Breathing Under: Prologue

blogging
 
Over the years, I’ve put up three blogs—Feast on Chaos, Under Rug Swept, Badly Drowned Boy—and have taken them down for reasons I shall attempt to tackle later. I don’t always get to write what I want to write about. I am not one of those people who can write drafts in their head and be able to write it hours or days after with the same amount of emotion and soul. I hate it when writing becomes a belaboured intellectual process. I easily lose focus and will; my memory could very well be sued for non-support.
 
I began keeping a blog because I felt the dire need for expression sans fear of being analysed. I wanted to express myself without being interrupted by rude people as well as well-intentioned ones. In writing, I found, needless to say, a steady stream of expression.
 
Feast on Chaos and Under Rug Swept were taken down because I was no longer infatuated with the fact that I was sharing my personal life with strangers—despite writing behind a nom de plume—in an online community whose residents I may never get a chance to meet. Acclaims were not enough to mask the feeling that my privacy was being violated—what with all the unsolicited advices and seemingly kind remarks. Also, I cared too much about what my friends had to say. I insisted on them to be part of my blogging life. Some liked the blogs, while others took certain posts against me.
 
Badly Drowned Boy was hardest to take down because it was more personal. I had already reconciled with the paranoia of the risks of having strangers peek into my personal life—the posts were bolder, unabashed—to the point where it caused a rift between me and certain friends because I let out truths that I had chosen not to share in person. I put out my heart on that blog, and the rewards were amazing: I received criticism, most of which were constructive, from bloggers across the country who liked my style of writing and the depth of emotions I was able to put into words; as a writer, I grew a sturdier spine—not caring about what strangers and friends thought of my posts, and how they reacted; and I got to ‘meet’ people who related to my posts as if we knew each other in real life. However, as readers’ comments flooded, I started feeling self-imposed pressure on my shoulder. I came to think that in blogging, one is only as good as his last post. With all the pleasant comments from hard-core—and exceptionally talented—bloggers in their own right, I felt like I wasn’t deserving of the praises. I was no longer bothered by what people would think of my writings, but I was too concerned with outdoing myself with each new post that I forgot the real essence of blogging—and my core reason for keeping a blog. I went on an indefinite blogging hiatus.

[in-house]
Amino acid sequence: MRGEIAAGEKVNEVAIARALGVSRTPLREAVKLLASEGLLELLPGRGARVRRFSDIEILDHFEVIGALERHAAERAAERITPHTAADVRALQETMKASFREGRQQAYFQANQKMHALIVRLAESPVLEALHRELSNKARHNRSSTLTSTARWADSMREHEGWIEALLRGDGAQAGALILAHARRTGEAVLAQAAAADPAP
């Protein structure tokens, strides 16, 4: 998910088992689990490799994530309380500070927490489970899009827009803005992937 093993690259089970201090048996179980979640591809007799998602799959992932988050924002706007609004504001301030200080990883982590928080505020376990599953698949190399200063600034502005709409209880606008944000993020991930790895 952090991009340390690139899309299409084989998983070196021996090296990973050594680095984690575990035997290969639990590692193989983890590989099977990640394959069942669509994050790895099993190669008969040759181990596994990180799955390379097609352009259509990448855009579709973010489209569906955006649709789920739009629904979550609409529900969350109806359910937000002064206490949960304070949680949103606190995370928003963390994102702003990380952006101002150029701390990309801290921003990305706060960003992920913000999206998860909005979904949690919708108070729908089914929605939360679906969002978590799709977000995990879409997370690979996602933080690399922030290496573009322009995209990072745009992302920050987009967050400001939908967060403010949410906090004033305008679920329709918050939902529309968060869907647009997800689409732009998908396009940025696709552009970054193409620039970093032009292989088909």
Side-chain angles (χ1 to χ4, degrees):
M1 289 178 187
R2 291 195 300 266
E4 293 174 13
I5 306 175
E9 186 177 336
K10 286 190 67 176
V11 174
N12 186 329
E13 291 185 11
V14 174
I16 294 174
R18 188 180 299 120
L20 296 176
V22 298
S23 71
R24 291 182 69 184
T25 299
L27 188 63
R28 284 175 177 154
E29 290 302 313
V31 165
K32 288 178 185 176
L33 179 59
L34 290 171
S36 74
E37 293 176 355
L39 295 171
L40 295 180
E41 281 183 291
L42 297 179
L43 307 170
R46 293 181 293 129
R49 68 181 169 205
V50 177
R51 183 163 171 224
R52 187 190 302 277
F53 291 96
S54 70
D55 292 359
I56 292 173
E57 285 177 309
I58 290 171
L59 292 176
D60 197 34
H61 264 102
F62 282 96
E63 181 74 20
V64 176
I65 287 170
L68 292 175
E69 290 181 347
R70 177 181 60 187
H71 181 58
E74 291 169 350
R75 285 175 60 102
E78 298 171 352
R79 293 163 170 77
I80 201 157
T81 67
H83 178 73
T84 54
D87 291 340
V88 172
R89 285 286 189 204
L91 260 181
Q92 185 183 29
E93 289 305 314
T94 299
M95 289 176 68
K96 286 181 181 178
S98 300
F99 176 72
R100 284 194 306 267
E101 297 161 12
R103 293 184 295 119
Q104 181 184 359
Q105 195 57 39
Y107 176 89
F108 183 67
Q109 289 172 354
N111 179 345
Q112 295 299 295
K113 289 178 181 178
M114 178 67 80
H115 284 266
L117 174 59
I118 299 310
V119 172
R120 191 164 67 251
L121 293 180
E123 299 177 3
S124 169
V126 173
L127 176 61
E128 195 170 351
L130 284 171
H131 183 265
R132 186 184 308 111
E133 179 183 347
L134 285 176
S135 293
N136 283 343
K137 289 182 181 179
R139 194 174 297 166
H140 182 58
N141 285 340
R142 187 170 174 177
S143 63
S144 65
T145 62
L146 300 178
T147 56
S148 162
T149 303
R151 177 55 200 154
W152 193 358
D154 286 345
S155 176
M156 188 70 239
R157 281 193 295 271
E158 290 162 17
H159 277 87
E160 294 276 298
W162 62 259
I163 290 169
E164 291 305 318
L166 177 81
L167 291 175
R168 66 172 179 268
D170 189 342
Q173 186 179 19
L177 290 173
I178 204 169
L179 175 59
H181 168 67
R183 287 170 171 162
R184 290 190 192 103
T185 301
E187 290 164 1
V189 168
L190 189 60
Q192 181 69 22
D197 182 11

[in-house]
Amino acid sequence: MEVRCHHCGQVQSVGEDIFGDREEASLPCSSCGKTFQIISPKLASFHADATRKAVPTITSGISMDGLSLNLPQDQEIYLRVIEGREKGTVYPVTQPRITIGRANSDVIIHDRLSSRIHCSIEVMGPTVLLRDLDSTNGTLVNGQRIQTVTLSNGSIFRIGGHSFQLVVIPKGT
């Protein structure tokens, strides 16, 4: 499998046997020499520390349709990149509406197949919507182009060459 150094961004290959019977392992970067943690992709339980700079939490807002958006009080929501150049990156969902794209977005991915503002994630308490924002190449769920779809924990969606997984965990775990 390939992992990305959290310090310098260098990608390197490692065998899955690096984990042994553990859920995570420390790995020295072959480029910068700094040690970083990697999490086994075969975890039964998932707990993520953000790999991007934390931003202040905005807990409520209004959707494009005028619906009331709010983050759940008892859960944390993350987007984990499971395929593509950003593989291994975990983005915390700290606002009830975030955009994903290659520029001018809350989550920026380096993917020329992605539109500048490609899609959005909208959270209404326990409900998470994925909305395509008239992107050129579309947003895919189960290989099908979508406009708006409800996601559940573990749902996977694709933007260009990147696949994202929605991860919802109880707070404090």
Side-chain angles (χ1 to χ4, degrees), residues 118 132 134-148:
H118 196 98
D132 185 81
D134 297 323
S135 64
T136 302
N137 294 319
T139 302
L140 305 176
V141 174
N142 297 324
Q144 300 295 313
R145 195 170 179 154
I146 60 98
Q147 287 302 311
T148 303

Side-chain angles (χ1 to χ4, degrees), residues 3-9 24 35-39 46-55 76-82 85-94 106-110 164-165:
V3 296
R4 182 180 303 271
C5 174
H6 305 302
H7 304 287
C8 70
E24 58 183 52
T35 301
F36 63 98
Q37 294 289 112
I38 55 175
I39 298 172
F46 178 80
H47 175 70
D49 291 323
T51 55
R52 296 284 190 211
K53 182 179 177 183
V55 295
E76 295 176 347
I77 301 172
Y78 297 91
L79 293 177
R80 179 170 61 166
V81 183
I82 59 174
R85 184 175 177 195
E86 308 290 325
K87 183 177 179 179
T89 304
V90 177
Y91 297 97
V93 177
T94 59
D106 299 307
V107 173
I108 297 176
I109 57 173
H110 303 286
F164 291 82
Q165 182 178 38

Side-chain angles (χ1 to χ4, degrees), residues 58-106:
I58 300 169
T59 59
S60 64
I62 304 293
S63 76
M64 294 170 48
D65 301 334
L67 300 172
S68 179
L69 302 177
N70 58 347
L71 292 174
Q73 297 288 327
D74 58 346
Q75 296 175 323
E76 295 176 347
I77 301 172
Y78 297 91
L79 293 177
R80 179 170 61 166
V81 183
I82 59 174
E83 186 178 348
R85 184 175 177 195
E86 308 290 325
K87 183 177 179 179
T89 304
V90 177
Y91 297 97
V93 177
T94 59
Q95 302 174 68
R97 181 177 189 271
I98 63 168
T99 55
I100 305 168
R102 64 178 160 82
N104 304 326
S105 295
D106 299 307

Some months ago, I regained dominance over my senses, and put up this blog. I have taken posts from the previous blogs and used them as a sort of backbone for writing again. Days ago, I realized that I no longer want to put up a new blog in the future. For me, putting up a blog and taking it down is a very exhausting—mentally. I don’t want to deal with it any more. Adapted Chaos is home. Some people are going to like what I write, and others will want to puke over it—I don't give two hoots about it anymore. I am writing for no one but myself. And I will write the way I know how—unbuttoned, unabashed, unfiltered. The badlydrownedboy has grown tired of swimming to the surface, gasping for air when clearly he can breathe underwater.

"It's not about being read; it's about being written."